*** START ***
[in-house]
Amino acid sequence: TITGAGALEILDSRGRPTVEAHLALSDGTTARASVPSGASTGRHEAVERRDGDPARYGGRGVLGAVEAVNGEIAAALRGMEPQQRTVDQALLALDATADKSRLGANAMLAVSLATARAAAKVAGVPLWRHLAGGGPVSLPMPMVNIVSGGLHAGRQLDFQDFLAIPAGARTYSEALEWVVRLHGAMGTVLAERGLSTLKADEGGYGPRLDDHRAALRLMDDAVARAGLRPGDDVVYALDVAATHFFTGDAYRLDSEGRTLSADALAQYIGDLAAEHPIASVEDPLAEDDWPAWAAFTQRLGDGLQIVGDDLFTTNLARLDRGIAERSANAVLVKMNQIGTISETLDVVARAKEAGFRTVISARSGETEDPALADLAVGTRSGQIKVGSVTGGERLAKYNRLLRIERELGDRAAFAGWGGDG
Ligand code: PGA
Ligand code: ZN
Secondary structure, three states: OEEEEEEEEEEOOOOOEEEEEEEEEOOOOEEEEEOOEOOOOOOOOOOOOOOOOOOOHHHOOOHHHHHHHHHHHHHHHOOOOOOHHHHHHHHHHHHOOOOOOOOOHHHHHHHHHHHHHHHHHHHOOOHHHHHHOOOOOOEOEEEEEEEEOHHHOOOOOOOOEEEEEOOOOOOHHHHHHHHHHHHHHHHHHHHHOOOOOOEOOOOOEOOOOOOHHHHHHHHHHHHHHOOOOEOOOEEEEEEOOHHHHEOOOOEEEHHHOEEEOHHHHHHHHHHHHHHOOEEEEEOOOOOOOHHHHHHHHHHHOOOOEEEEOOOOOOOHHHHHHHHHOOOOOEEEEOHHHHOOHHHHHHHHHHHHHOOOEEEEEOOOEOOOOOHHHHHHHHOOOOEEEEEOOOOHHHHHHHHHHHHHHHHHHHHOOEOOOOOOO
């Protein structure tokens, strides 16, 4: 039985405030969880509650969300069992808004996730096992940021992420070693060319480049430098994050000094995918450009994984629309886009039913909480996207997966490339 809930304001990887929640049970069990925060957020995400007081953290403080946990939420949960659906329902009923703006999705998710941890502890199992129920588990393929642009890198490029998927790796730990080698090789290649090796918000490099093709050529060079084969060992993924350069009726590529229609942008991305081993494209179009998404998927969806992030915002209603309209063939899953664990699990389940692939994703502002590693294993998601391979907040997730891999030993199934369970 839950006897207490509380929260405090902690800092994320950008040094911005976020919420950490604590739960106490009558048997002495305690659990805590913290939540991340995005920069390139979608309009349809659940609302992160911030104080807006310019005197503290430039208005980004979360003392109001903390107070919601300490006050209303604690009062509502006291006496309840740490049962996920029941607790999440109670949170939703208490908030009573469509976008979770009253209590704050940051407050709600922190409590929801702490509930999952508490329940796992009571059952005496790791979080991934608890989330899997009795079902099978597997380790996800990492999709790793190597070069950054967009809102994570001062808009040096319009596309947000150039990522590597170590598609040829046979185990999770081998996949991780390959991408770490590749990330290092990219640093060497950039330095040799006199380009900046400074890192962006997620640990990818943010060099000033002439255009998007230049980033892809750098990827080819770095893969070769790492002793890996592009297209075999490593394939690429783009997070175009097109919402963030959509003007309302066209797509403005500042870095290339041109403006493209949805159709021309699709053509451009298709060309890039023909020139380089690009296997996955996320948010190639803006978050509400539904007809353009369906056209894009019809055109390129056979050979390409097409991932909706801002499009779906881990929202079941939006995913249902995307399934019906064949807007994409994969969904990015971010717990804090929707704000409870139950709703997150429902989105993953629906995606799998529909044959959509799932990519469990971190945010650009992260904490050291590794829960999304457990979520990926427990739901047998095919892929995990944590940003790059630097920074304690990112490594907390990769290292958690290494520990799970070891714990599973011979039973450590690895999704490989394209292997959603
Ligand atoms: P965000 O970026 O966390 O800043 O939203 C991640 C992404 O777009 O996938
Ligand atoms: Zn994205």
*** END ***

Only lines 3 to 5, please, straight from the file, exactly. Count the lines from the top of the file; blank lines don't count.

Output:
Ligand code: PGA
Ligand code: ZN
Secondary structure, three states: OEEEEEEEEEEOOOOOEEEEEEEEEOOOOEEEEEOOEOOOOOOOOOOOOOOOOOOOHHHOOOHHHHHHHHHHHHHHHOOOOOOHHHHHHHHHHHHOOOOOOOOOHHHHHHHHHHHHHHHHHHHOOOHHHHHHOOOOOOEOEEEEEEEEOHHHOOOOOOOOEEEEEOOOOOOHHHHHHHHHHHHHHHHHHHHHOOOOOOEOOOOOEOOOOOOHHHHHHHHHHHHHHOOOOEOOOEEEEEEOOHHHHEOOOOEEEHHHOEEEOHHHHHHHHHHHHHHOOEEEEEOOOOOOOHHHHHHHHHHHOOOOEEEEOOOOOOOHHHHHHHHHOOOOOEEEEOHHHHOOHHHHHHHHHHHHHOOOEEEEEOOOEOOOOOHHHHHHHHOOOOEEEEEOOOOHHHHHHHHHHHHHHHHHHHHOOEOOOOOOO